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‘Winona Forever’ goes the slogan. Immortalised by a generation raised on the Gothic glamour of Beetlejuice, it was also the phrase that was, ironically, temporarily etched onto the arm of eccentric movie alternahunk Johnny Depp. Even more ironically, such a statement – delivered in honour of Winona Ryder – hasn’t exactly rang true, for career-wise, Miss Ryder’s adulation has been the very definition of transitory.

Admired in the ’80s, adored in the ’90s and abolished in the noughties, recently Winona Ryder has undergone something of a career resurgence. Thanks to the cyclical nature of commercialism and a new generation raised on vintage fodder, Winona’s clout has been freshly anointed, young people the world over fawning over her antics in Heathers or her giddy graduate in Reality Bites. Not only that, but her new role in the stunning Netflix show Stranger Things has won her the kind of plaudits last uttered when she inadvertently played second fiddle to Angelina Jolie in Girl, Interrupted.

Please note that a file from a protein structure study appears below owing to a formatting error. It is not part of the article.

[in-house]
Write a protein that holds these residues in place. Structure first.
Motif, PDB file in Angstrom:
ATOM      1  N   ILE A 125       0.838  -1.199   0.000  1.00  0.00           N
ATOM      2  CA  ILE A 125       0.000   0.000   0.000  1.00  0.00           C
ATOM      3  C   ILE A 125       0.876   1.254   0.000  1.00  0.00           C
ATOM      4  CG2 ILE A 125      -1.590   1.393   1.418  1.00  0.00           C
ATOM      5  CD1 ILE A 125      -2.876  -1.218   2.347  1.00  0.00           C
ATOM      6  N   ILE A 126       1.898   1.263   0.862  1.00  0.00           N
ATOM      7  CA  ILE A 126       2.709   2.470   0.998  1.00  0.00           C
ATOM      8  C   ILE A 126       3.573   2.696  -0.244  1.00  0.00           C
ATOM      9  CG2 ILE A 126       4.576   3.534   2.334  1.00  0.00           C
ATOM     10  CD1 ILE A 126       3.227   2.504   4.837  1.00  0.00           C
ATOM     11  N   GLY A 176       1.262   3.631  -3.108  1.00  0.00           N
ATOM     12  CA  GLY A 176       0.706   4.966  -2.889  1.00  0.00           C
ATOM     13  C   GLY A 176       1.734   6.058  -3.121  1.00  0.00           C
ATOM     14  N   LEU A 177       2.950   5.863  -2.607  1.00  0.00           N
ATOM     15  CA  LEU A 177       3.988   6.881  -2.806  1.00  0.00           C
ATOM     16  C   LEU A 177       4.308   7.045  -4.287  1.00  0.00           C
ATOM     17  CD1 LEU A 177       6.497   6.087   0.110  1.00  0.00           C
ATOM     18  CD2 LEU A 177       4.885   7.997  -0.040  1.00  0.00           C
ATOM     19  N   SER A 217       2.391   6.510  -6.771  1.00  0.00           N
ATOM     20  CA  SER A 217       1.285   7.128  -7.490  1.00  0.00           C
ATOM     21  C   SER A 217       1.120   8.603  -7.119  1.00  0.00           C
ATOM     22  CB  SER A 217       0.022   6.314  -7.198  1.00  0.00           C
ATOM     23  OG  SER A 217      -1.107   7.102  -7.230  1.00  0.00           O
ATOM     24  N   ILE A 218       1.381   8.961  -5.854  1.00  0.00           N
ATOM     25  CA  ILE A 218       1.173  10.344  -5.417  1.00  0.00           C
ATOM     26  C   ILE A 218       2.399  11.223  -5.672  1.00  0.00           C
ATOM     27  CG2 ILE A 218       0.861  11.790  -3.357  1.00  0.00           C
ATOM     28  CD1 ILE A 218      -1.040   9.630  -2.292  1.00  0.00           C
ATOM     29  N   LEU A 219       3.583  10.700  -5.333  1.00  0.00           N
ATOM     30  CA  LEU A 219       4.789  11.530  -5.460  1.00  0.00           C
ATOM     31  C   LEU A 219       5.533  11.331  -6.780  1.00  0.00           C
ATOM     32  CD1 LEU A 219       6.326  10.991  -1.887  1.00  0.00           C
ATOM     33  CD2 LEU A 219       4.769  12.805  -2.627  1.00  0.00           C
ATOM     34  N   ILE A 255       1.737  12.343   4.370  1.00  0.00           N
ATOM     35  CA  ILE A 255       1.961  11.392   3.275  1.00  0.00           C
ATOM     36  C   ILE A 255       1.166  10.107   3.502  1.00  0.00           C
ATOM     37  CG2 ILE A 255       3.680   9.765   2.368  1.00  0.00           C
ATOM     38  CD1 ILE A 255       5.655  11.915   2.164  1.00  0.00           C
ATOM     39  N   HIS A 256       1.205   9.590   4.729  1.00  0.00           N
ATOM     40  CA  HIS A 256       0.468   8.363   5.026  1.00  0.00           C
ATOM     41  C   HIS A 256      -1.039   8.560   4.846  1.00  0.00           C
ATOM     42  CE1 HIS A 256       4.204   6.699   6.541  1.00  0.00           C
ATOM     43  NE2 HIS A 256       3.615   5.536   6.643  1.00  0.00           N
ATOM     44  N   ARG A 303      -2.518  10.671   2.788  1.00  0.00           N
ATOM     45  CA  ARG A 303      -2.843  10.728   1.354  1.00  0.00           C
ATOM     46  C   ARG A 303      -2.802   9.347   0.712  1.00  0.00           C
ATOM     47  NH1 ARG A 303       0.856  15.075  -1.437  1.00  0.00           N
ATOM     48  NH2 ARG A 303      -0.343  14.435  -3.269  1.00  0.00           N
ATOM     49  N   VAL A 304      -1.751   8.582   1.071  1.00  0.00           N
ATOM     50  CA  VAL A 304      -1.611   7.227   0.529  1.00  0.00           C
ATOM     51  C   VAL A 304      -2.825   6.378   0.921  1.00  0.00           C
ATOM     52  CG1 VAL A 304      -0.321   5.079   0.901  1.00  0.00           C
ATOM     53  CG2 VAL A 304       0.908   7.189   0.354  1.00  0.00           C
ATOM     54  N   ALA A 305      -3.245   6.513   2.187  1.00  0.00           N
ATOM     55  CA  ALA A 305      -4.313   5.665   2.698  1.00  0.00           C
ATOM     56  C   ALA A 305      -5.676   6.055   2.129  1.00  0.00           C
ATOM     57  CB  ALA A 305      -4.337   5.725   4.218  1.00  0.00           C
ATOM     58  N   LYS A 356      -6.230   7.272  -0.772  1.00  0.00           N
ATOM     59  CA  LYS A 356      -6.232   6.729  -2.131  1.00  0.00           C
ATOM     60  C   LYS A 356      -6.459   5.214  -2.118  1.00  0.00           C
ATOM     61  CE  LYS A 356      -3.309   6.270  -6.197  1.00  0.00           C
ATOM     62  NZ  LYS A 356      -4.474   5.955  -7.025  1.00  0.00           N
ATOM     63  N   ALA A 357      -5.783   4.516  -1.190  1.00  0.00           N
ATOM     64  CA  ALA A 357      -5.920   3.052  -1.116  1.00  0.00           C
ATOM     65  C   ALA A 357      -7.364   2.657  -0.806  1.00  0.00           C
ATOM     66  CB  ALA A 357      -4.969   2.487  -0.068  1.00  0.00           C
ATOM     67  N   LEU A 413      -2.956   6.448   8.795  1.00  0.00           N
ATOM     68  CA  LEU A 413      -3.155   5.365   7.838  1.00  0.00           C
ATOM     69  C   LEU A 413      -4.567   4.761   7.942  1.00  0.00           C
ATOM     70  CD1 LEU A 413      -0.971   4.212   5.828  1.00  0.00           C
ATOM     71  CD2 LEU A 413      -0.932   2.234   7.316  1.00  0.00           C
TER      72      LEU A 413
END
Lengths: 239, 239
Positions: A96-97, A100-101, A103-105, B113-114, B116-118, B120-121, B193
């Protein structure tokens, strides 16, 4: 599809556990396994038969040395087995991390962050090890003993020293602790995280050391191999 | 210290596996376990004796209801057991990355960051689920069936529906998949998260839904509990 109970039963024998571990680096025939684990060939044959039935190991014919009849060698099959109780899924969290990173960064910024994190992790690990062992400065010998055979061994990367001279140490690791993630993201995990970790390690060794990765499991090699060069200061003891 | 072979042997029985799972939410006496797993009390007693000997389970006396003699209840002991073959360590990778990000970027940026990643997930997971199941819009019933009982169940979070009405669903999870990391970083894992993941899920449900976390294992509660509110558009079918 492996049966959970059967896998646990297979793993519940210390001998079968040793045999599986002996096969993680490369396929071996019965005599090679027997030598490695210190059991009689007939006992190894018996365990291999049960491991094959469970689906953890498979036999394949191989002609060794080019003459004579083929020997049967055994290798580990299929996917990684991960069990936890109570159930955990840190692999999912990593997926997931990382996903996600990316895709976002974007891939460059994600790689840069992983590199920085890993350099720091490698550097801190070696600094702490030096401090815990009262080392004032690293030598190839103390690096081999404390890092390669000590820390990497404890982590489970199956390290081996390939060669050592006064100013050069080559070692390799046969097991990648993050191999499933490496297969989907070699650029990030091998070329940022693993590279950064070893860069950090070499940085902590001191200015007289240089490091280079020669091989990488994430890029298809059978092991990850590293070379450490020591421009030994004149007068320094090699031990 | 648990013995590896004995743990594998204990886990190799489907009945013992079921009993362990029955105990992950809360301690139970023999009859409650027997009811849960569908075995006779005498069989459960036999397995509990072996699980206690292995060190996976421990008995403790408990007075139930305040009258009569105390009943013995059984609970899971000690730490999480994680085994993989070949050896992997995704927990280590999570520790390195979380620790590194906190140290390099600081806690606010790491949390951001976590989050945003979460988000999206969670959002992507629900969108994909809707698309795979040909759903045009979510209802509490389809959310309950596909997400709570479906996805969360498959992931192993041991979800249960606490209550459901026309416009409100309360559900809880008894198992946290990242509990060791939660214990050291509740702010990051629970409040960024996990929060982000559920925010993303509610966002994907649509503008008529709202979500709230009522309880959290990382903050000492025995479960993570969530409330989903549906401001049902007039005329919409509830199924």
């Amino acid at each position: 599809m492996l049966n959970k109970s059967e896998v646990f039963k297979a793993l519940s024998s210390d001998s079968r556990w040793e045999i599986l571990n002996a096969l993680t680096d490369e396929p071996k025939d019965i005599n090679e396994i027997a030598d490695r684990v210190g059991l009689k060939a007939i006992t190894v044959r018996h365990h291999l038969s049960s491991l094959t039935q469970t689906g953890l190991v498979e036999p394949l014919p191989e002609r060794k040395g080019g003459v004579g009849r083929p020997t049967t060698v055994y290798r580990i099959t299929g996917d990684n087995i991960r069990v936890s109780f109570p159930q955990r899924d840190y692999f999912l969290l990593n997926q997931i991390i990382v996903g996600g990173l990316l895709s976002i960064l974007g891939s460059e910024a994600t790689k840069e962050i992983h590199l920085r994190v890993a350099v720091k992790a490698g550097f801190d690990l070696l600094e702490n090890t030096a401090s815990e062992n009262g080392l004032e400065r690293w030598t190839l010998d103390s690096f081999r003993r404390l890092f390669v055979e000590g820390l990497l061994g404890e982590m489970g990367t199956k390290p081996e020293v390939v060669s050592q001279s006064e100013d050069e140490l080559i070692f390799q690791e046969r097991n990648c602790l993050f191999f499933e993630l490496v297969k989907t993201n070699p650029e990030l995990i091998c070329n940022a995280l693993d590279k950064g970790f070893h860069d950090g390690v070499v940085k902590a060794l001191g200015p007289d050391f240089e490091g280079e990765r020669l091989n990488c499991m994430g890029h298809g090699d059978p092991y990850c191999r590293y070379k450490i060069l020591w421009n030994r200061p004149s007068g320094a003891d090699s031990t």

Stranger Things has succeeded in capturing kudos thanks to its love-letter approach to nostalgia – the science-fiction forays recall the gloriously kitsch ’80s output of E.T., the “kids fight back” ethos of The Goonies and generally enticing, character-driven stories of Spielberg. The scripts are strong and it is the perfect show for Netflix, a platform where binge-watching is almost a pre-requisite.